John’s current show displays his efforts to create memory shrines of places and experiences utilizing videos and painted panels. All of the locations were favorite local forested trails of his during COVID. For this show he has selected Seward Park and its lowland forest, Boulder Loop Trail in the Cascade foothills and finally Tradition Lake Trail near Cougar Mountain. All these works rely heavily on stencil techniques which are inspired by woodcut prints that he also creates.
Photograph: Lynn Thompson
THE FOUNDERS HOUSE Laurie Le Clair
I often regret not being able to travel back in time to revisit some significant times and places I lived in - places where I feel sure that pieces of my spirit still bide and wait for me. But time relentlessly pushes forward, cruelly prodding you if you try to straggle or go back for another look - as I would.
That wish has invaded my sleep in the form of recurring dreams in which I do return to one or another of my times and places. In the dreams I am wandering through a house looking for vestiges of home, especially in upstairs bedrooms and closets. I find certain objects and clothing and linens that I know, in place where they belong, and still infused with familiar smells and body warmth. Although their appearance is dramatically different, in that weirdly truthful way in which dreams alter things, I recognize them at once with intense feelings of reassurance and relief.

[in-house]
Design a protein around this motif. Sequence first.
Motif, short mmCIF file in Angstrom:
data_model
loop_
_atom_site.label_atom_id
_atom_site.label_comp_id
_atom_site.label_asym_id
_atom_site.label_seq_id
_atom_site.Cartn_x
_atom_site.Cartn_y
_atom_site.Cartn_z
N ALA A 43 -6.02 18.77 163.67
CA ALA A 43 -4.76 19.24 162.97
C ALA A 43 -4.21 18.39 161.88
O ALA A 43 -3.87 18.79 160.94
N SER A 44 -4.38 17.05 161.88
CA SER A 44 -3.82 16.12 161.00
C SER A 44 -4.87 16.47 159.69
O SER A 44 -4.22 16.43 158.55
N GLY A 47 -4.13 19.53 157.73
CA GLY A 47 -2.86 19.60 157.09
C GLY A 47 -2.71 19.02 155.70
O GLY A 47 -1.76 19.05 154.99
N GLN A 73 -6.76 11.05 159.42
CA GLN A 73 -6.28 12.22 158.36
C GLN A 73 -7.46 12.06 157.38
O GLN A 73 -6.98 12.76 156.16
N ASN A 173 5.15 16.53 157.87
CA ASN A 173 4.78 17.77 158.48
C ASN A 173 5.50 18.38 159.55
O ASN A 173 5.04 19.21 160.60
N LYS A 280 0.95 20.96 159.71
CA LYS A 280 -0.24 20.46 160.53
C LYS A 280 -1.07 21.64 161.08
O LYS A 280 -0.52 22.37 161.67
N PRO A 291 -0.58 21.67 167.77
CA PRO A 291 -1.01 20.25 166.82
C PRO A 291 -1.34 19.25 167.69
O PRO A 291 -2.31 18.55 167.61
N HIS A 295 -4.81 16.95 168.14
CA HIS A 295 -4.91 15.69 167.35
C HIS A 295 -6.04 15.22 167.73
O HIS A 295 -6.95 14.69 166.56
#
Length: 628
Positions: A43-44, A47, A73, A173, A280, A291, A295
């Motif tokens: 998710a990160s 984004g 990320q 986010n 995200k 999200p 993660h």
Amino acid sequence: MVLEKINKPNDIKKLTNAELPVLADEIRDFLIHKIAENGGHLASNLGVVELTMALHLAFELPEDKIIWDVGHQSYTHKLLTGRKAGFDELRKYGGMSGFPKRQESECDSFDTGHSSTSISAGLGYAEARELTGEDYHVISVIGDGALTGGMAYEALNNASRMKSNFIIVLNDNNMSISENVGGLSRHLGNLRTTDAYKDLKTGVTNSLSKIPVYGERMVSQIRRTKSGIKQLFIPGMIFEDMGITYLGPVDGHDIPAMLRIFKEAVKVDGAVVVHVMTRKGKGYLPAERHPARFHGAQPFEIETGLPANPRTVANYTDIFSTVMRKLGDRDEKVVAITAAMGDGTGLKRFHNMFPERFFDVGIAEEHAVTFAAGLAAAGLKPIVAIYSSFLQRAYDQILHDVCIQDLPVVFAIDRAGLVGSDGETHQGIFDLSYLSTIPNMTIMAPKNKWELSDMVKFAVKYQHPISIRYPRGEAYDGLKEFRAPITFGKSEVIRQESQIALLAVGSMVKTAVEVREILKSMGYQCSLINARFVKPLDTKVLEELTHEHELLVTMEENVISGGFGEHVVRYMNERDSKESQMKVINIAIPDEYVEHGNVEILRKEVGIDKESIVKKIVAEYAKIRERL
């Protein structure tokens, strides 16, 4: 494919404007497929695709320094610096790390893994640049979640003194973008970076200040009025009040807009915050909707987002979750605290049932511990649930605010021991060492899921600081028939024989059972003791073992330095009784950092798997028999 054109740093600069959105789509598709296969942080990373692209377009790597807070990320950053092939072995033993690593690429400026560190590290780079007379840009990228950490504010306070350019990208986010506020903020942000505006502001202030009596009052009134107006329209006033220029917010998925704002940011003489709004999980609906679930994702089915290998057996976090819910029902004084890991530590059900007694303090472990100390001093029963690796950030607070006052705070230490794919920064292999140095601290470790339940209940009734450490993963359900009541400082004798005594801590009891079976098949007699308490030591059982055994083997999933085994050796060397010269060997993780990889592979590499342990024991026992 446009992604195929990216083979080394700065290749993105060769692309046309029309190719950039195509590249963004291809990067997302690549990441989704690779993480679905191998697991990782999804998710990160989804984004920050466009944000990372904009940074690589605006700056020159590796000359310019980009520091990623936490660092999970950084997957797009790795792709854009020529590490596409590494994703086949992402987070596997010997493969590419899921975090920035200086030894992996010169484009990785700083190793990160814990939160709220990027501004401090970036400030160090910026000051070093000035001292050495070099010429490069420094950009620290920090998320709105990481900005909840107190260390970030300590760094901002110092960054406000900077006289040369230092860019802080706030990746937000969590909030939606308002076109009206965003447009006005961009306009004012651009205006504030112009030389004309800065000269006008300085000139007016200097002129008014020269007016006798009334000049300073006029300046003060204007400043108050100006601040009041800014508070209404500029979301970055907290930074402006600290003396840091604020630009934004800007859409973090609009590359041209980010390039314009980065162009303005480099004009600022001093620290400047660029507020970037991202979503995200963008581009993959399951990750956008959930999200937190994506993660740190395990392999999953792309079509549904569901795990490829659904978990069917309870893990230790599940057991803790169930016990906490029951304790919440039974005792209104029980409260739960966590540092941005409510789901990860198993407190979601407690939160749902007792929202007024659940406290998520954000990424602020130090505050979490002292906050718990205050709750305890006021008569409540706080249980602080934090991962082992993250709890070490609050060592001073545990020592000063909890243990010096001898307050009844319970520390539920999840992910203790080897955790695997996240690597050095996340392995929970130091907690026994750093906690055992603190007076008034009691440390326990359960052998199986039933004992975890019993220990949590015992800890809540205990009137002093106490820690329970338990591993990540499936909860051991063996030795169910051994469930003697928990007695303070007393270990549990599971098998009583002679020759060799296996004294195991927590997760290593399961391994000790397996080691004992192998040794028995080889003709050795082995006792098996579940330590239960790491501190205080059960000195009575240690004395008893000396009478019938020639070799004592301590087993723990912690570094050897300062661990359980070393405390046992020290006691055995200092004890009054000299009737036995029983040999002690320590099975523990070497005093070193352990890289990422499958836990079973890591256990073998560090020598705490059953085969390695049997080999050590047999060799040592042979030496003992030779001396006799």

This series of works is informed by this preoccupation and those dreams and by my on-going, never-ending excavation of the bits and pieces in the archeology of the heart and soul. The title THE FOUNDERS HOUSE announced itself to my mind one day as the perfect phrase to bind together the individual pieces in this series that encompasses several seminal times and places, but especially one - a boarding school I attended.
soul re/purpose Deirdre Wilcox
Using repurposed surfaces and mixed media, this work explores the soul's experience of being human and questions our true soul purpose.
The black-based east wall acknowledges darkness as part of the human condition without granting permission to give up on cultivating our best selves. Always, there is color in the dark.